Fraud
Fraud is defined generally as inducing someone to give up something valuable, usually by lying to them. Fraud is a broad category encompassing several different types of crimes, from bribery and extortion to perjury and obstructing justice. At the federal level, there is mail fraud, wire fraud, bank fraud, and securities fraud, to name but a few.
Mail fraud, as the name implies, is a fraud committed by using the U.S. mails. Wire fraud is a fraud committed by using some device other than the mail to transmit the money or goods across state lines or national borders. Bank fraud is a fraud committed against a financial institution.
Securities fraud is using any device, scheme, or artifice to cheat someone in a securities transaction. The securities fraud laws are designed to protect investors from various schemes designed to separate investors from their money.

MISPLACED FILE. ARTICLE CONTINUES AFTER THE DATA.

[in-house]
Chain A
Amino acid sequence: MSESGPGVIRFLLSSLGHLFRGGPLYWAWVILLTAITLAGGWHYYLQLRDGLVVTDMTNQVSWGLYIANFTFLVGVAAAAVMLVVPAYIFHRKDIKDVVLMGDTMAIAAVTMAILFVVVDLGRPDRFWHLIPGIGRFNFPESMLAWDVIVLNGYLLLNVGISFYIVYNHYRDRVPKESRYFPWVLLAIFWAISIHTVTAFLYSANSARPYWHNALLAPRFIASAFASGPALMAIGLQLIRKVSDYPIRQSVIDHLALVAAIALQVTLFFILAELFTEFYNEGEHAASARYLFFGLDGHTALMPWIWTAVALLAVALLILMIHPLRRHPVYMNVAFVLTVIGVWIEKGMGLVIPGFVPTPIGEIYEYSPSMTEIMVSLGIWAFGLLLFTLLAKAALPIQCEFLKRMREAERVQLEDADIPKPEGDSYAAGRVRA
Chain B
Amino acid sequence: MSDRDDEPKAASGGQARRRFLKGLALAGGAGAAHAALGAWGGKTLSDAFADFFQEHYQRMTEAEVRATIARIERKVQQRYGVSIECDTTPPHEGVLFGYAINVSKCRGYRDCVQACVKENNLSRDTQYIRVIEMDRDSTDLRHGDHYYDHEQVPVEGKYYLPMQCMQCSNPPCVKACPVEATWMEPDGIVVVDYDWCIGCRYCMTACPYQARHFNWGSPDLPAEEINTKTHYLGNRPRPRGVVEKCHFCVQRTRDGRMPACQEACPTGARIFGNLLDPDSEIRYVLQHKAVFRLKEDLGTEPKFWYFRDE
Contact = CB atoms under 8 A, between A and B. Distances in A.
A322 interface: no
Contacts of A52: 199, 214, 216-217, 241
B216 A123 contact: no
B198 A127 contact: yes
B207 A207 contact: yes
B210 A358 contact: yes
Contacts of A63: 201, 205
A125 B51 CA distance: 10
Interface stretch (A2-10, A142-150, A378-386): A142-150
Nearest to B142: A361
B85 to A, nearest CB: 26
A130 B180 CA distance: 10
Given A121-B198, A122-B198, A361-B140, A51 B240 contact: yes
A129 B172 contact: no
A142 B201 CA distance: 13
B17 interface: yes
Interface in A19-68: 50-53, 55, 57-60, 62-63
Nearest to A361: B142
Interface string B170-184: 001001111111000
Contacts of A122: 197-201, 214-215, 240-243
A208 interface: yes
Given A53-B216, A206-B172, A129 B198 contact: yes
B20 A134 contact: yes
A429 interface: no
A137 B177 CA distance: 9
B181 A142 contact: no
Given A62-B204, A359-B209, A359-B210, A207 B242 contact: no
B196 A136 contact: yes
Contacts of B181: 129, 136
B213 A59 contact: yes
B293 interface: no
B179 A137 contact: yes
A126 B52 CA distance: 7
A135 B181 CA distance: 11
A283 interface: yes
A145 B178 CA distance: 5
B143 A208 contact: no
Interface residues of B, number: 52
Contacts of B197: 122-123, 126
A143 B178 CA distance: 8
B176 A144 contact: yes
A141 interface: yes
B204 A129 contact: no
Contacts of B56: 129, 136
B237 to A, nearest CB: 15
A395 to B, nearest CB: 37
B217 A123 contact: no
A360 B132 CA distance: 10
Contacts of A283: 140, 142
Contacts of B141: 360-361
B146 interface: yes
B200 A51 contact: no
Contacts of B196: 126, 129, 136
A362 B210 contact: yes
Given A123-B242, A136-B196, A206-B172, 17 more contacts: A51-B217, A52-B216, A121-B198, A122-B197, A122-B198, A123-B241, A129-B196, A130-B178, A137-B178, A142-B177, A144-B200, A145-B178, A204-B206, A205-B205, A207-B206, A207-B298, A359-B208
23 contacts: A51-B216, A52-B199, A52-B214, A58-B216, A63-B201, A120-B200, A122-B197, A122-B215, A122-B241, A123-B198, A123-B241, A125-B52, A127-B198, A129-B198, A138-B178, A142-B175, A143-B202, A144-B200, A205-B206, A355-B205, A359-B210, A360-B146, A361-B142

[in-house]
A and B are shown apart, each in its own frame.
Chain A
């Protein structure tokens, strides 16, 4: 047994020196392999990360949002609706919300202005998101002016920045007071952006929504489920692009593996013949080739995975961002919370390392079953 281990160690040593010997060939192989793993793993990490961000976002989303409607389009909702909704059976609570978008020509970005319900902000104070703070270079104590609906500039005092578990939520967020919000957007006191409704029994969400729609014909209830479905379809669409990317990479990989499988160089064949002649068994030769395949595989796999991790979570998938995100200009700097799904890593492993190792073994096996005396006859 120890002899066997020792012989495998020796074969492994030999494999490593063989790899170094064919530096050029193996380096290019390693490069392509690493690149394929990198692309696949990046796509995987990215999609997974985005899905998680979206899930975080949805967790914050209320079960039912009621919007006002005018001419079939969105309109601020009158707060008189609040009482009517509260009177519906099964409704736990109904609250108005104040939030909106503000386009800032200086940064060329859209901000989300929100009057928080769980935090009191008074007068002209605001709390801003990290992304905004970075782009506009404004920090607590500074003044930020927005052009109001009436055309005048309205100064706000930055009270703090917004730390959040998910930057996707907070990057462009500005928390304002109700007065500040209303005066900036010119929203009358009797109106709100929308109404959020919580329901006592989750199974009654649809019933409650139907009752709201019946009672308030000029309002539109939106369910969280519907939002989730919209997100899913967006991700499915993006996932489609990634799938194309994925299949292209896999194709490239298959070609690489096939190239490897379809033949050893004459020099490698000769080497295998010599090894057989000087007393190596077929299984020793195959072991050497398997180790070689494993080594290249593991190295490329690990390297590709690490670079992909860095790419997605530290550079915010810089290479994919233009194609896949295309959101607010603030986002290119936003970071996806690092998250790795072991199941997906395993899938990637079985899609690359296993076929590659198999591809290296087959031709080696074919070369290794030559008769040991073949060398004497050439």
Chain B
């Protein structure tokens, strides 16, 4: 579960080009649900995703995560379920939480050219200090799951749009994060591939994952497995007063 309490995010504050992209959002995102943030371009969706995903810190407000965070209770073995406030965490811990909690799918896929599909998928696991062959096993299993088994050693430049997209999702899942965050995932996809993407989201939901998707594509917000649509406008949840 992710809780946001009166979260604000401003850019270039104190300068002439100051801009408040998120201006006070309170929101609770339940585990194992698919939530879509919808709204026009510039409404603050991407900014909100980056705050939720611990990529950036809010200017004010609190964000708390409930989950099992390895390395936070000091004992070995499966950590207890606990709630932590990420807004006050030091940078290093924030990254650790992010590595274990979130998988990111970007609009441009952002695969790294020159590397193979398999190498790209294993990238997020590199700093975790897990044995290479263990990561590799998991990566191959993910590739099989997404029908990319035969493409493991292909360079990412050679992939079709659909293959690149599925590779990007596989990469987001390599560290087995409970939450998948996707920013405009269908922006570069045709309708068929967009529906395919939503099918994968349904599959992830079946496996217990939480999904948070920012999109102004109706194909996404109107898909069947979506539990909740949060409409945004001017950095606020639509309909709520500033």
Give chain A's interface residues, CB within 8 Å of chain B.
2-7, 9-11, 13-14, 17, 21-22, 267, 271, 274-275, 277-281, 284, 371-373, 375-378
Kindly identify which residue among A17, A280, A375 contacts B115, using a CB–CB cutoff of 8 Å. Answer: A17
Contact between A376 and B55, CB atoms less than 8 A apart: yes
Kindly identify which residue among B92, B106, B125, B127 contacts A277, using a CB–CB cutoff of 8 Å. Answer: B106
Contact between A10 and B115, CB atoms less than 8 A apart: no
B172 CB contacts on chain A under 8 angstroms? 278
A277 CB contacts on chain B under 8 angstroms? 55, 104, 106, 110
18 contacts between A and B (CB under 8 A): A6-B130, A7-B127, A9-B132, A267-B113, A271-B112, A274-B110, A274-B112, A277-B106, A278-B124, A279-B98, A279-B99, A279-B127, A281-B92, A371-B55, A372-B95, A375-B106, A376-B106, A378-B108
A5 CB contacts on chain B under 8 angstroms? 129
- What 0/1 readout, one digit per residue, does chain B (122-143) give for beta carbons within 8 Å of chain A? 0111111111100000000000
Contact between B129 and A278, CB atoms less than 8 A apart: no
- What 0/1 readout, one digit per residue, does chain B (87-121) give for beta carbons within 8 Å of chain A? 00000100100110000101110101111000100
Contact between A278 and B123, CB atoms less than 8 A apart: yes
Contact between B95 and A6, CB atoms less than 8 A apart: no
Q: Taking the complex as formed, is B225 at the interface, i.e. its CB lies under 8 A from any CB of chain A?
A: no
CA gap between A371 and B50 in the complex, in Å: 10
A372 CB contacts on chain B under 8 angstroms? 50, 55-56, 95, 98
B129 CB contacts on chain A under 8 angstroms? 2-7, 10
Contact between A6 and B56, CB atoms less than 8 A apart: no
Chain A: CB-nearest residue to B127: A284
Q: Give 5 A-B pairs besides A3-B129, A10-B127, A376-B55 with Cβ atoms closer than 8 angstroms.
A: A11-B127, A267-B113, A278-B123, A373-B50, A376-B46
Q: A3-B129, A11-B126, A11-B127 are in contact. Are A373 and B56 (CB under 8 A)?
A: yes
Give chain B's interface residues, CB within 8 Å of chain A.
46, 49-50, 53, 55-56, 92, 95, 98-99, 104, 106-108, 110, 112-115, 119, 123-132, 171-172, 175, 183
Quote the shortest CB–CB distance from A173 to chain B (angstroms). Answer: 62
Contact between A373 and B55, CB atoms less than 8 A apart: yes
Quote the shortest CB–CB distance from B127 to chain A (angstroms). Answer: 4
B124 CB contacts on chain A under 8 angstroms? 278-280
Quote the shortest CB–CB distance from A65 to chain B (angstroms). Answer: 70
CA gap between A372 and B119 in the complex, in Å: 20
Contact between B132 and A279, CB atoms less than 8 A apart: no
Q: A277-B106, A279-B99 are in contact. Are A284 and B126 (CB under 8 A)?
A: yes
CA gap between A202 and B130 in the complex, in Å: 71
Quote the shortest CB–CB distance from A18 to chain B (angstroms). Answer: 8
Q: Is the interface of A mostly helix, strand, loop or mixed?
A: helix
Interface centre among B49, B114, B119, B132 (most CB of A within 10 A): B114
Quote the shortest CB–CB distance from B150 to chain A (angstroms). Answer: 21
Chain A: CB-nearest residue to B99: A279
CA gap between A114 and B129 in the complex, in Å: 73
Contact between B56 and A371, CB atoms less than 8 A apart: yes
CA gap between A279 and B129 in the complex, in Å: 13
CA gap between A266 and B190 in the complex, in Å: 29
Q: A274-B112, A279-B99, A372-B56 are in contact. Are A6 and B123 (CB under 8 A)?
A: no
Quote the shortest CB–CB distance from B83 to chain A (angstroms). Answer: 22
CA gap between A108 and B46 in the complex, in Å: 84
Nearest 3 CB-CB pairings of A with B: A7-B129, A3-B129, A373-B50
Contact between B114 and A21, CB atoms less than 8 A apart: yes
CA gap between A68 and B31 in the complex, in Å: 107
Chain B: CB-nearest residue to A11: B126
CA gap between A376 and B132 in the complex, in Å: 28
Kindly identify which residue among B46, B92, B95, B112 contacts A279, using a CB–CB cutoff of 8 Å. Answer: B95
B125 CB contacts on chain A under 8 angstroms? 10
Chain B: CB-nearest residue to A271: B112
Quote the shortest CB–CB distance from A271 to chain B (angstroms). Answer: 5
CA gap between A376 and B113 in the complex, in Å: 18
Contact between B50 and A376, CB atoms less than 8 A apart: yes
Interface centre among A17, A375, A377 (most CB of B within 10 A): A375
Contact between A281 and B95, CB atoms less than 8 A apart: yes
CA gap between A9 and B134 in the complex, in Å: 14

At the state level, there are many more types of fraud, including deceptive advertising, computer fraud, credit card fraud, health care benefits fraud, home repair fraud, insurance fraud, managed health care fraud, public aid mail fraud, public contract fraud, stock fraud, telephone charge fraud, and welfare fraud.
Business fraud and other crimes. Businesses can be charged with fraud and other crimes, just as an individual can be. Business crimes usually involve executives engaging in illegal actions to benefit the business. Examples include tax avoidance, illegally unsafe working conditions, illegal pollution, price fixing, and knowingly selling unsafe products. Examples of fraud in particular are insurance scams, unlawful lending practices, and securities fraud.